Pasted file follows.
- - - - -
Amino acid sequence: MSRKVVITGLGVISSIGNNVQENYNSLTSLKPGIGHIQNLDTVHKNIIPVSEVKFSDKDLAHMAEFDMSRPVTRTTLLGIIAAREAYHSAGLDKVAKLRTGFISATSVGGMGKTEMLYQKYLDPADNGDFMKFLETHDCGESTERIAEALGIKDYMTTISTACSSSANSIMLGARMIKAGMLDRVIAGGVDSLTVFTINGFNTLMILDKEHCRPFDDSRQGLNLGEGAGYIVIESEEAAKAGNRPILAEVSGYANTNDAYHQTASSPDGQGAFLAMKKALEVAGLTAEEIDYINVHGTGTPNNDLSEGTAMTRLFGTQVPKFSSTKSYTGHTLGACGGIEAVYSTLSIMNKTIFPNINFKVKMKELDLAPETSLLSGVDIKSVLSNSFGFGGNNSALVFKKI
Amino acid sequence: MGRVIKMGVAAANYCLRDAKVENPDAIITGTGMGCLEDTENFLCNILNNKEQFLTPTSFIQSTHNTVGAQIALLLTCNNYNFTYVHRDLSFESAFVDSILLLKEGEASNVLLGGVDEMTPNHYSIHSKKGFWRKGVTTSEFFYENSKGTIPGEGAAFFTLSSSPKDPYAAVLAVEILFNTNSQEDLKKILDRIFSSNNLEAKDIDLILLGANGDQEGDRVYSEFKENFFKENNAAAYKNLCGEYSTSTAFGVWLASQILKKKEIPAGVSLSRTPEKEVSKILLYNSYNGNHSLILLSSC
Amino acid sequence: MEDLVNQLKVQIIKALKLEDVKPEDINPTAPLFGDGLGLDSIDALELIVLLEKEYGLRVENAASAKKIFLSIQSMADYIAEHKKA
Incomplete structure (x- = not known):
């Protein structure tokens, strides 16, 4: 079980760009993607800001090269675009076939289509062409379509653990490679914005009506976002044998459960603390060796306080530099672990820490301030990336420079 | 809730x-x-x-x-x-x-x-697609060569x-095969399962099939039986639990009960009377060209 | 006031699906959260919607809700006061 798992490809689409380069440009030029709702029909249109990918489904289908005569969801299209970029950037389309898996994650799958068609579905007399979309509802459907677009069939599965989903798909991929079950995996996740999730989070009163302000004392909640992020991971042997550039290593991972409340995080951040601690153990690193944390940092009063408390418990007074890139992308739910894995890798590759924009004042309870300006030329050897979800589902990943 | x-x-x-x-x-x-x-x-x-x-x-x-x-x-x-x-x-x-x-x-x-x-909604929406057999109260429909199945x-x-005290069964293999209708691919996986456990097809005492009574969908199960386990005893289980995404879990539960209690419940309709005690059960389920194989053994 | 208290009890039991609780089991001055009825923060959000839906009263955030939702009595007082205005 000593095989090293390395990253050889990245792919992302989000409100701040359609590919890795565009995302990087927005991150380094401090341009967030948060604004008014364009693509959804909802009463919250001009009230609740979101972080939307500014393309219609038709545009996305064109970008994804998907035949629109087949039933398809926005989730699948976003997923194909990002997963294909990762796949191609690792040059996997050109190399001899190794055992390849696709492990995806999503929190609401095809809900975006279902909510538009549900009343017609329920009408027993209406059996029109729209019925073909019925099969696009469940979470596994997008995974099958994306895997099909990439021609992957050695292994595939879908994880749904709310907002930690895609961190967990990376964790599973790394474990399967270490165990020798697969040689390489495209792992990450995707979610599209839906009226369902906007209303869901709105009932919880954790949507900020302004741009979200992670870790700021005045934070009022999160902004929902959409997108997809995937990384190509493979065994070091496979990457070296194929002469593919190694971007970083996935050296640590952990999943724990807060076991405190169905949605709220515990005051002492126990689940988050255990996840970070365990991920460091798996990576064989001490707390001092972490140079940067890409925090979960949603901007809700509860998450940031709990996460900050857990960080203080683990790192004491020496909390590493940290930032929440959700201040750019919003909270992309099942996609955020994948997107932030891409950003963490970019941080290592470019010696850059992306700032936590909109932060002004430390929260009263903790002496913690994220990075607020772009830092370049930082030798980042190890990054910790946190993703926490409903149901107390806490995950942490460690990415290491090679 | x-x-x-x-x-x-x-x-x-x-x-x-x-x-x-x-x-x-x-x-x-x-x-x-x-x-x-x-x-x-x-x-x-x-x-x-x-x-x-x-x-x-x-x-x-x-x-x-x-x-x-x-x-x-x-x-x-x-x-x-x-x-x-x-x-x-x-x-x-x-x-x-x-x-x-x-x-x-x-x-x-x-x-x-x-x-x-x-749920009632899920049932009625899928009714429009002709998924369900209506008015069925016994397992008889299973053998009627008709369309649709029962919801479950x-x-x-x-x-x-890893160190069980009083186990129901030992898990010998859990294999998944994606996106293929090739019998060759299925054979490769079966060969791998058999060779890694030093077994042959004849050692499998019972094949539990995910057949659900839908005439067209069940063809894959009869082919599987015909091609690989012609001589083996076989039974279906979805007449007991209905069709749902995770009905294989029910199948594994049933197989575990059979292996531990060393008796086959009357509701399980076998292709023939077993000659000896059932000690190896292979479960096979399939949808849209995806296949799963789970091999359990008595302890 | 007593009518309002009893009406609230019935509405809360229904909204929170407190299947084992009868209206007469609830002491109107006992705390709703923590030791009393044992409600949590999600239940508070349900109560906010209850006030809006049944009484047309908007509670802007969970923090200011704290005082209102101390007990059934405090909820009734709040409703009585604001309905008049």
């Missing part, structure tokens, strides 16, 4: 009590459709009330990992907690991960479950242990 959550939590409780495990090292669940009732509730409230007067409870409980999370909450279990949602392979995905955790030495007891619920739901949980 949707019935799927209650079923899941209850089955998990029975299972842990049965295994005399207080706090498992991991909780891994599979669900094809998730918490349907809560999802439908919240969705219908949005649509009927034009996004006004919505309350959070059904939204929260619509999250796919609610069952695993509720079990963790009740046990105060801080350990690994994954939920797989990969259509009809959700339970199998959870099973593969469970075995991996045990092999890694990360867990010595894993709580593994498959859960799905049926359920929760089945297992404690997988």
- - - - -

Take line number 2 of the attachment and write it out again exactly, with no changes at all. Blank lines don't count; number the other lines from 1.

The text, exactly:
Amino acid sequence: MGRVIKMGVAAANYCLRDAKVENPDAIITGTGMGCLEDTENFLCNILNNKEQFLTPTSFIQSTHNTVGAQIALLLTCNNYNFTYVHRDLSFESAFVDSILLLKEGEASNVLLGGVDEMTPNHYSIHSKKGFWRKGVTTSEFFYENSKGTIPGEGAAFFTLSSSPKDPYAAVLAVEILFNTNSQEDLKKILDRIFSSNNLEAKDIDLILLGANGDQEGDRVYSEFKENFFKENNAAAYKNLCGEYSTSTAFGVWLASQILKKKEIPAGVSLSRTPEKEVSKILLYNSYNGNHSLILLSSC